WASHINGTON -- Ever since the debate began over drug pricecontrols under health-care reform, the biotechnology industryhas wanted its needs to be considered separately from those ofthe pharmaceutical industry. In contrast, pharmaceuticalmanufacturers frequently have tried to align themselves withthe biotechnology industry, which is held in high regard bymany in Congress.
The Pharmaceutical Manufacturers Association (PMA) is "notviewed terribly sympathetically by people in D.C.," Lisa Raines,vice president for government relations at Genzyme Corp.,recently told BioWorld. One reason is that during the 1980s,PMA companies consistently raised prices considerably aboveinflation rate, and biotechnology does not want to be tarredwith that brush.
Nonetheless, biotechnology is careful not to create animositybetween itself and the PMA when some common interests areat stake.
During a hearing of the Senate Labor and Human ResourcesCommittee last week, when Charles Sanders, chairman andchief executive officer of Glaxo Inc. attacked the breakthroughdrug committee, the intersection of the industries' interestswas evident.
Twenty years ago, Glaxo had embarked on basic research ofserotonin, said Sanders, which 17 years later resulted in a drugthat relieves cancer chemotherapy patients of nausea andvomiting.
"Under the constraints of a breakthrough drug committee, I'mnot sure I would make that decision," he said.
But later, under questioning from Sen. Chris Dodd, D-Conn., thepharmaceutical industry played avid suitor to biotechnology'sreluctant debutant.
"Just what is the difference between biotechnology andpharmaceutical companies," Dodd wanted to know.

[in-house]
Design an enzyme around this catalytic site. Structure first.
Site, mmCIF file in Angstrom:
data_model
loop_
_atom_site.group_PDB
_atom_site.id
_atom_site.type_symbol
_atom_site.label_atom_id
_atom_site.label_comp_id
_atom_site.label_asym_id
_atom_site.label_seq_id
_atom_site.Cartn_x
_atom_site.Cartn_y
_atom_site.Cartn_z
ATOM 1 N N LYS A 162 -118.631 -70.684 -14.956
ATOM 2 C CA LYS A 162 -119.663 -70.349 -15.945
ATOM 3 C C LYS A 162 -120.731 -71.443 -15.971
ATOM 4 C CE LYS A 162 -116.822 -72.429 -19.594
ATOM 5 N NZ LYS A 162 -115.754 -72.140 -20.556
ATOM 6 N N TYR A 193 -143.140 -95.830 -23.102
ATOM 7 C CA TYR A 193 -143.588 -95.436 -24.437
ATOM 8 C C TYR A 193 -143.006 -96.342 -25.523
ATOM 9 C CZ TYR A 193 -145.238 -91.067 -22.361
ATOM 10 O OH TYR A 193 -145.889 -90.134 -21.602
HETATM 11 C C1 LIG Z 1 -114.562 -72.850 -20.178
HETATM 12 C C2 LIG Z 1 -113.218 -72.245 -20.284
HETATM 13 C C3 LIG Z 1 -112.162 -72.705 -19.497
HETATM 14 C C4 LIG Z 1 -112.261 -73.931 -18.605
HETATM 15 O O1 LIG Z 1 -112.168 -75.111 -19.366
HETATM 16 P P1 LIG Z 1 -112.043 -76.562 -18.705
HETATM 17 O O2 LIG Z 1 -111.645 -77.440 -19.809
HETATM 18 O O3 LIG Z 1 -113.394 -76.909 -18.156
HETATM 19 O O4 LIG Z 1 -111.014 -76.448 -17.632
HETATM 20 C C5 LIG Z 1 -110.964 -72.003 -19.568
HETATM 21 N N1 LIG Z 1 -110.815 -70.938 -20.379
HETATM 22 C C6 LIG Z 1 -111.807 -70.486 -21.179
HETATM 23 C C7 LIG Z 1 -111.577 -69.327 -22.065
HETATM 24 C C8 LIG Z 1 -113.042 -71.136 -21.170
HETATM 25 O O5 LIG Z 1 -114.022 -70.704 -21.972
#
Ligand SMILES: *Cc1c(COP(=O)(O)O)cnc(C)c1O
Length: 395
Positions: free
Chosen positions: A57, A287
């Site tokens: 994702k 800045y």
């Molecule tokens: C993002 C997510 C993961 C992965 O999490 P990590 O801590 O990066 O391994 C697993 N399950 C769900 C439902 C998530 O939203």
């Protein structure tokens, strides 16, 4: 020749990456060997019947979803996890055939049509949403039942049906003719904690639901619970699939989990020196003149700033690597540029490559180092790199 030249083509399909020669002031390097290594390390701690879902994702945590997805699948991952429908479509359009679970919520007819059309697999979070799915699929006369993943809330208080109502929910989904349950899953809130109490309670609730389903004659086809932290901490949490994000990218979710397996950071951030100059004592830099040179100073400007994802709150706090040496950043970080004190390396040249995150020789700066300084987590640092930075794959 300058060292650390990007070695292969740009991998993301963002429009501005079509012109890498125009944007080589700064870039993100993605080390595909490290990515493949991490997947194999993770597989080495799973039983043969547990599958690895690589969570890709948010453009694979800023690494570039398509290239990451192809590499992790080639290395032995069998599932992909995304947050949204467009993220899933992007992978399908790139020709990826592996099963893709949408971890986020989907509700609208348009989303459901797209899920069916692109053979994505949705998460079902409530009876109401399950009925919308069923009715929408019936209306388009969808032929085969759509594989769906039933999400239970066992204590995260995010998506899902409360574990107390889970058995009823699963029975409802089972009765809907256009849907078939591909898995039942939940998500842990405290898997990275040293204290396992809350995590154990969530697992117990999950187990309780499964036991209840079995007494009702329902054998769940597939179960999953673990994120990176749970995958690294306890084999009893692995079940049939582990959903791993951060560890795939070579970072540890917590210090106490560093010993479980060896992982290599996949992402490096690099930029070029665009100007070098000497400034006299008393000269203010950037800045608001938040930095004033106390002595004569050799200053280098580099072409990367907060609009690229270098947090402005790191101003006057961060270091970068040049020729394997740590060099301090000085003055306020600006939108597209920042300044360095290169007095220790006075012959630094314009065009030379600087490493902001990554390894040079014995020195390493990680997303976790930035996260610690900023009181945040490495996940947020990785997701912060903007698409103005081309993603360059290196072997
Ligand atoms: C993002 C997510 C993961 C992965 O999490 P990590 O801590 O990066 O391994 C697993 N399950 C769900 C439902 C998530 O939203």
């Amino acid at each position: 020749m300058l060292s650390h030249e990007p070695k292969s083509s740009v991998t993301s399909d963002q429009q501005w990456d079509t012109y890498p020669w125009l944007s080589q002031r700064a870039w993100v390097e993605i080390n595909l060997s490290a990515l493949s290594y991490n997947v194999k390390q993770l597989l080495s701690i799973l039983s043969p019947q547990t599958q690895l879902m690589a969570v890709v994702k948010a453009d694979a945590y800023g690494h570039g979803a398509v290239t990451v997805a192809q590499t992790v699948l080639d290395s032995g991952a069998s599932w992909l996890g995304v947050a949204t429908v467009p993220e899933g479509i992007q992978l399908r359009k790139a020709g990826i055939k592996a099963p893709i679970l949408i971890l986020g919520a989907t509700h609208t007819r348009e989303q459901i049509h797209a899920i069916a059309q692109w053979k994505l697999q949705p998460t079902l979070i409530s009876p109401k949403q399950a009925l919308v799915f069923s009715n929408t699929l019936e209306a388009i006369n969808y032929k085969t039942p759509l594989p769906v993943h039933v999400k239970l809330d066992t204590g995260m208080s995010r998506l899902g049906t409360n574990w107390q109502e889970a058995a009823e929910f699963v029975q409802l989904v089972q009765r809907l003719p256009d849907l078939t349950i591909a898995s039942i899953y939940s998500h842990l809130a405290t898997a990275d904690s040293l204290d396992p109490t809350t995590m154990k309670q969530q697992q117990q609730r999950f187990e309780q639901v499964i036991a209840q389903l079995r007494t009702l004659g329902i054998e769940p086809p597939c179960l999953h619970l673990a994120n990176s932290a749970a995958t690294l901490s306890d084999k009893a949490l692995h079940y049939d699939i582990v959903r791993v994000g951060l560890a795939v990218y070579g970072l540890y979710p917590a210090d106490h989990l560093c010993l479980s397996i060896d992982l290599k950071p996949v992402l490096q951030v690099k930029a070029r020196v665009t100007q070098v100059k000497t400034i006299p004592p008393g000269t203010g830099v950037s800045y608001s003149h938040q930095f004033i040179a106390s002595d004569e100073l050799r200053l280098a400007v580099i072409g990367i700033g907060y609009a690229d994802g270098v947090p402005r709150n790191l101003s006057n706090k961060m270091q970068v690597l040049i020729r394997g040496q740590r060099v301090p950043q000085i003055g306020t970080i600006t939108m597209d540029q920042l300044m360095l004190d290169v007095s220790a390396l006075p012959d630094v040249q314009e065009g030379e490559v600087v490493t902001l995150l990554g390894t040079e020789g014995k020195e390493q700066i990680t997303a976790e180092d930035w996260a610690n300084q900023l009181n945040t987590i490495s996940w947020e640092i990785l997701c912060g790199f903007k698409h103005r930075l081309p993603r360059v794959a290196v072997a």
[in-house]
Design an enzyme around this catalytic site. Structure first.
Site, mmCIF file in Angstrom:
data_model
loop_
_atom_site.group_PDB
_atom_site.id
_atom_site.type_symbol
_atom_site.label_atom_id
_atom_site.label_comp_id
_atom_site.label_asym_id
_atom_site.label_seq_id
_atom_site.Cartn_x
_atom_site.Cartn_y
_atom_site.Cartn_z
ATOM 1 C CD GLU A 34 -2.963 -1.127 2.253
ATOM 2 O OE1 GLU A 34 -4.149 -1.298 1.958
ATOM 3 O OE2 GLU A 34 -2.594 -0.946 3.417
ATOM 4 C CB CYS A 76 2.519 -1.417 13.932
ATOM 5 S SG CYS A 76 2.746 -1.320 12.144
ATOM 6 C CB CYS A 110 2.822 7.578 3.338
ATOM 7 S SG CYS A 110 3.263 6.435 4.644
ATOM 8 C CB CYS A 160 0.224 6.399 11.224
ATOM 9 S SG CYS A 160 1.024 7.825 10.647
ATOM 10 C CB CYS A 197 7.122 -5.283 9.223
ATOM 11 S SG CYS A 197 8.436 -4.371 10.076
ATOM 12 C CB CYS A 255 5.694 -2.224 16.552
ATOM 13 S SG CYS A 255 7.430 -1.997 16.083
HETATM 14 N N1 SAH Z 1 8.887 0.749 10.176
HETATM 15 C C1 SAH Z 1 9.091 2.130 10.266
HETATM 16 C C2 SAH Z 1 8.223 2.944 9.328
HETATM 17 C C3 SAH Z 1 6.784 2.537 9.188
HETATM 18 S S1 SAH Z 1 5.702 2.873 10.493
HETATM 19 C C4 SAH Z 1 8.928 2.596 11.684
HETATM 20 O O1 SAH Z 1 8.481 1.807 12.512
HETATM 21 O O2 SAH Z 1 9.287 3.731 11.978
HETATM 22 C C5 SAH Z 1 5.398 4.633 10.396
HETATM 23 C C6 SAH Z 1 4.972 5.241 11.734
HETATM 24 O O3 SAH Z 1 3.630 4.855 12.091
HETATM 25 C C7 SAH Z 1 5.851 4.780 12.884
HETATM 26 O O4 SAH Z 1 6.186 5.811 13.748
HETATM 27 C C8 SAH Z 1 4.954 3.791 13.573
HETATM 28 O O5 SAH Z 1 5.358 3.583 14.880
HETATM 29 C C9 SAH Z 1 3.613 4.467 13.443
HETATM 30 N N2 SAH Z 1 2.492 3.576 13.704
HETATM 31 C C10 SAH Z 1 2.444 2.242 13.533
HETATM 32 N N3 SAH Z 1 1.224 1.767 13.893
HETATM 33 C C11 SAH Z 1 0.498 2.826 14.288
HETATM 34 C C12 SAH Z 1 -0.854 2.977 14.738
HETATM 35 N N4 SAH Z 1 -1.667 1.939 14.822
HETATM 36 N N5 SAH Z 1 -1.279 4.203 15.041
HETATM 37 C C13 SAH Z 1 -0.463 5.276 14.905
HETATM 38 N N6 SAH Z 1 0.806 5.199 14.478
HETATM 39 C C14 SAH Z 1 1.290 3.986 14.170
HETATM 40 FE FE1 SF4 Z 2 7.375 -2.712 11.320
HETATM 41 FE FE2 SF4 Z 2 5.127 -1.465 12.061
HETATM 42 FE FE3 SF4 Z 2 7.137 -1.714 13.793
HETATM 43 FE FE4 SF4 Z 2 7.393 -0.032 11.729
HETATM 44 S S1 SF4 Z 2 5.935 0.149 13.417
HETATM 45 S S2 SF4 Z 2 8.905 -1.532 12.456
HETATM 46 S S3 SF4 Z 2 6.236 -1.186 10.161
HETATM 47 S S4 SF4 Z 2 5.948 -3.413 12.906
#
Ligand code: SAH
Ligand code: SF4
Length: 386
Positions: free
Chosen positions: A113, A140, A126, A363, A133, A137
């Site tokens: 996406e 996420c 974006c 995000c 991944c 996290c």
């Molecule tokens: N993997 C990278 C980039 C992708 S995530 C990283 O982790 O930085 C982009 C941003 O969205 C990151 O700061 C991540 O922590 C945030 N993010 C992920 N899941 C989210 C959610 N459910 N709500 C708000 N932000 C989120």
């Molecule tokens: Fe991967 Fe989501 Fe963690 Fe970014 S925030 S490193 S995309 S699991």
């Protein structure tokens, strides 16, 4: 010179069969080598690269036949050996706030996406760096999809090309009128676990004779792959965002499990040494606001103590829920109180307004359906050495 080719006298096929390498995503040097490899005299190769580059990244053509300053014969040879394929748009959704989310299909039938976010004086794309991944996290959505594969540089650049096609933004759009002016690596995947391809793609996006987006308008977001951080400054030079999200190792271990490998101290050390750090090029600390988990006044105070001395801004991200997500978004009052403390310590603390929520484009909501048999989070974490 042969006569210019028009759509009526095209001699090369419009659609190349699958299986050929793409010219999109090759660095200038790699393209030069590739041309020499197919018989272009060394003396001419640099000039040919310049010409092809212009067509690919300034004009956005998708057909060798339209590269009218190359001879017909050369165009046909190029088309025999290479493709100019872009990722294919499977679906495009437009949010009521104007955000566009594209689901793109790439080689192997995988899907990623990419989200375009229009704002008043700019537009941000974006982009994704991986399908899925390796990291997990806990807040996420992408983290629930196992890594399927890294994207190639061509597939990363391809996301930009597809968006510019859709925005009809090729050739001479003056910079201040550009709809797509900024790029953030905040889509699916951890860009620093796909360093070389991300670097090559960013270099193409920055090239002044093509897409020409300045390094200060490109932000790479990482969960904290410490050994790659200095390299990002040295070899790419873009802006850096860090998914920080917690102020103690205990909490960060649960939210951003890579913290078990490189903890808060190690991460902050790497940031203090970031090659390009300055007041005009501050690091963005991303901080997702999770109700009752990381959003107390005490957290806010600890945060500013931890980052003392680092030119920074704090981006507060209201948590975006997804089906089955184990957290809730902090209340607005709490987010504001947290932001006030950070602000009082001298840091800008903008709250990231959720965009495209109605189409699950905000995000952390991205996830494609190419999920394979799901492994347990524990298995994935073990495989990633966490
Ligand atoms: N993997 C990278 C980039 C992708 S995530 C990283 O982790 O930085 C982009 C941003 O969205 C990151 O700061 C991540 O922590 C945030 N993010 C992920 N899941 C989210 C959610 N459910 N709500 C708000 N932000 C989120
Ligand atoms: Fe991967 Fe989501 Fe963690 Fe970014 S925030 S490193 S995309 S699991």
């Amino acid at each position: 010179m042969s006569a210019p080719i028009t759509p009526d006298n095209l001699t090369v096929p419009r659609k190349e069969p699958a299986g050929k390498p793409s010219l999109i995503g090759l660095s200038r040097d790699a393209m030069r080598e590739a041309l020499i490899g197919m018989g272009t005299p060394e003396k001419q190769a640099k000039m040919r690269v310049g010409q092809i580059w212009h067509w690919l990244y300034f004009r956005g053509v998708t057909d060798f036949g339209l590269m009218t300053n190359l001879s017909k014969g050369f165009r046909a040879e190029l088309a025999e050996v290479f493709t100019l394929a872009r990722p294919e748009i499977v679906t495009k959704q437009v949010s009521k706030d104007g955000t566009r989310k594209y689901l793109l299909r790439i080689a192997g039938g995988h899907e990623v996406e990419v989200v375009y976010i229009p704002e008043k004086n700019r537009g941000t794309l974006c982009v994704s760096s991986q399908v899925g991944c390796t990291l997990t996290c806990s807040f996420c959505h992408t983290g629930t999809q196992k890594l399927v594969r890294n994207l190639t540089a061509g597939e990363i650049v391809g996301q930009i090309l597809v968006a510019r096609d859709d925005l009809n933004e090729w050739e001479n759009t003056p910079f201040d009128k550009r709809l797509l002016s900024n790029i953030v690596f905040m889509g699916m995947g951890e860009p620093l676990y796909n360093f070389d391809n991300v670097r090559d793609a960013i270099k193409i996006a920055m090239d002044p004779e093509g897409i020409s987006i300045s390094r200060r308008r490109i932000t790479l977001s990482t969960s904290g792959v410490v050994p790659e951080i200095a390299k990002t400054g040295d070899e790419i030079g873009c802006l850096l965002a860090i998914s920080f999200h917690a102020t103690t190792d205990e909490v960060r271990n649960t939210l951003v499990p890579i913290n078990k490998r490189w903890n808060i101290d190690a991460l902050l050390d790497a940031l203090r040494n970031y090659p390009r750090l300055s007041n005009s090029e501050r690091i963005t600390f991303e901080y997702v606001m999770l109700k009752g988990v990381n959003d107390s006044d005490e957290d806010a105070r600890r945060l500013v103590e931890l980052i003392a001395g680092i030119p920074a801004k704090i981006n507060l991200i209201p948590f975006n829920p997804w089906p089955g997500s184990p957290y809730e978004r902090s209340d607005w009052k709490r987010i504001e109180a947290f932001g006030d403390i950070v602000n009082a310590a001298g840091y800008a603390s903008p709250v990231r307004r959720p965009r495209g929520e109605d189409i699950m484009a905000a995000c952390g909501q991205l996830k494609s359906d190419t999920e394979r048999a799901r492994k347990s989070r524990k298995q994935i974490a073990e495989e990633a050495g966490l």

Ironically, pharmaceutical industry representatives got torespond first. "Biotechnology is just that, a technology," saidSanders. But a pharmaceutical company cannot do without it inthe '90s, he averred. Researchers use it to define biologicalsystems to rationalize the search for traditional simplepharmaceutical chemicals that can be taken orally.
On the other hand, biotechnology's products are proteins,"something you have to take by injection," Sanders said. "Wecould produce biotechnology," he continued, "but ourorientation is oral."
Mitchel Sayare, chairman and chief executive officer ofImmunoGen Inc. of Cambridge, Mass, represented thebiotechnology industry. Dodd steered a reluctant Sayare todescribe the economic distinctions between the two industries.
"We are fragile," Sayare responded. "It's difficult to create afive-year plan because we don't know if we will be around."Additional risks created by the proposed Advisory Council onBreakthrough drugs could easily scare off investors, he said.
Unlike pharmaceutical companies, which fund R&D fromprofits, Sayare told Dodd, biotechnology companies depend forfunding almost exclusively on investors.
Earlier in the hearing, Sayare had made the point that he waspresent at the hearing in place of Lisa Conte, CEO of ShamanPharmaceuticals Inc., who was in Japan to search for newfunding.
Threatened funding, of course, is the biggest reason thatbiotechnology companies seek freedom from interference froma breakthrough drug committee. But the pharmaceuticalcompanies also want freedom from bureaucratic control,however indirect.
And so Lodewijk J.R. de Vink, president and Chief OperatingOfficer of Warner Lambert interrupted Sayare, saying, "Ihardly think you can continue to run on investments that willnever reap returns."
-- David C. Holzman Washington Editor
(c) 1997 American Health Consultants. All rights reserved.